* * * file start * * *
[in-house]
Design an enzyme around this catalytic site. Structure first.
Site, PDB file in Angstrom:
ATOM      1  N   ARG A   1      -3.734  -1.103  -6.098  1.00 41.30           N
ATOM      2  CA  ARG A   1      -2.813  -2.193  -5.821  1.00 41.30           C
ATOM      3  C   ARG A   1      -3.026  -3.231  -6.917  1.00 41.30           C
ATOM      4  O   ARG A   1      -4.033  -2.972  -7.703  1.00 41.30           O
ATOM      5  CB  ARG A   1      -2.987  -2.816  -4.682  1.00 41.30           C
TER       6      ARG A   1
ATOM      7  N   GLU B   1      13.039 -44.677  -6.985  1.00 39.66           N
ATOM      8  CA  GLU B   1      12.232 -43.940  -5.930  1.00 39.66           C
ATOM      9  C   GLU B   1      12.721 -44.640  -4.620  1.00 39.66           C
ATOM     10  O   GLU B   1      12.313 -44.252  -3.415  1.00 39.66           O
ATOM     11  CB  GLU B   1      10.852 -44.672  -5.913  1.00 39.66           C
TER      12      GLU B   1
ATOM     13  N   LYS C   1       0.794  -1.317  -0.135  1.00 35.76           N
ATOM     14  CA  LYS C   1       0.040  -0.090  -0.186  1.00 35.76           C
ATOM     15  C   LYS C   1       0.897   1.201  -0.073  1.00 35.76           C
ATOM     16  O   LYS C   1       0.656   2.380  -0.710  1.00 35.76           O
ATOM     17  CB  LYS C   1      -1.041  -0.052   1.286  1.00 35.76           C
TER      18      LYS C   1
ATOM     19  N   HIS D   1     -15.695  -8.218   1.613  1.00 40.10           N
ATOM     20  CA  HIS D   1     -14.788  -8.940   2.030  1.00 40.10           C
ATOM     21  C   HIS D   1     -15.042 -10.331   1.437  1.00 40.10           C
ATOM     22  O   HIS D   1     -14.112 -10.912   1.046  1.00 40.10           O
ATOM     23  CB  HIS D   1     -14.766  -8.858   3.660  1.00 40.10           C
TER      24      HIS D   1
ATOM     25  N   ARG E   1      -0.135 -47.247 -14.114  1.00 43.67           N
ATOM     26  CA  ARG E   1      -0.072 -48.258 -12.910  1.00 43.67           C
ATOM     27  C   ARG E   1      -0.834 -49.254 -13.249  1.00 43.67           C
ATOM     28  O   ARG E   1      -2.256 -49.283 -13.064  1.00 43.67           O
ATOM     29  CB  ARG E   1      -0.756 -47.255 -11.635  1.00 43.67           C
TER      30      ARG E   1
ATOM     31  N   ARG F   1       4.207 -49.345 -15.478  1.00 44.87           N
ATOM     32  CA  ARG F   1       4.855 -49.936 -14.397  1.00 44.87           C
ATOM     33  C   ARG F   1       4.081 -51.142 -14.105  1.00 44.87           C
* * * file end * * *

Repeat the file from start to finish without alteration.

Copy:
[in-house]
Design an enzyme around this catalytic site. Structure first.
Site, PDB file in Angstrom:
ATOM      1  N   ARG A   1      -3.734  -1.103  -6.098  1.00 41.30           N
ATOM      2  CA  ARG A   1      -2.813  -2.193  -5.821  1.00 41.30           C
ATOM      3  C   ARG A   1      -3.026  -3.231  -6.917  1.00 41.30           C
ATOM      4  O   ARG A   1      -4.033  -2.972  -7.703  1.00 41.30           O
ATOM      5  CB  ARG A   1      -2.987  -2.816  -4.682  1.00 41.30           C
TER       6      ARG A   1
ATOM      7  N   GLU B   1      13.039 -44.677  -6.985  1.00 39.66           N
ATOM      8  CA  GLU B   1      12.232 -43.940  -5.930  1.00 39.66           C
ATOM      9  C   GLU B   1      12.721 -44.640  -4.620  1.00 39.66           C
ATOM     10  O   GLU B   1      12.313 -44.252  -3.415  1.00 39.66           O
ATOM     11  CB  GLU B   1      10.852 -44.672  -5.913  1.00 39.66           C
TER      12      GLU B   1
ATOM     13  N   LYS C   1       0.794  -1.317  -0.135  1.00 35.76           N
ATOM     14  CA  LYS C   1       0.040  -0.090  -0.186  1.00 35.76           C
ATOM     15  C   LYS C   1       0.897   1.201  -0.073  1.00 35.76           C
ATOM     16  O   LYS C   1       0.656   2.380  -0.710  1.00 35.76           O
ATOM     17  CB  LYS C   1      -1.041  -0.052   1.286  1.00 35.76           C
TER      18      LYS C   1
ATOM     19  N   HIS D   1     -15.695  -8.218   1.613  1.00 40.10           N
ATOM     20  CA  HIS D   1     -14.788  -8.940   2.030  1.00 40.10           C
ATOM     21  C   HIS D   1     -15.042 -10.331   1.437  1.00 40.10           C
ATOM     22  O   HIS D   1     -14.112 -10.912   1.046  1.00 40.10           O
ATOM     23  CB  HIS D   1     -14.766  -8.858   3.660  1.00 40.10           C
TER      24      HIS D   1
ATOM     25  N   ARG E   1      -0.135 -47.247 -14.114  1.00 43.67           N
ATOM     26  CA  ARG E   1      -0.072 -48.258 -12.910  1.00 43.67           C
ATOM     27  C   ARG E   1      -0.834 -49.254 -13.249  1.00 43.67           C
ATOM     28  O   ARG E   1      -2.256 -49.283 -13.064  1.00 43.67           O
ATOM     29  CB  ARG E   1      -0.756 -47.255 -11.635  1.00 43.67           C
TER      30      ARG E   1
ATOM     31  N   ARG F   1       4.207 -49.345 -15.478  1.00 44.87           N
ATOM     32  CA  ARG F   1       4.855 -49.936 -14.397  1.00 44.87           C
ATOM     33  C   ARG F   1       4.081 -51.142 -14.105  1.00 44.87           C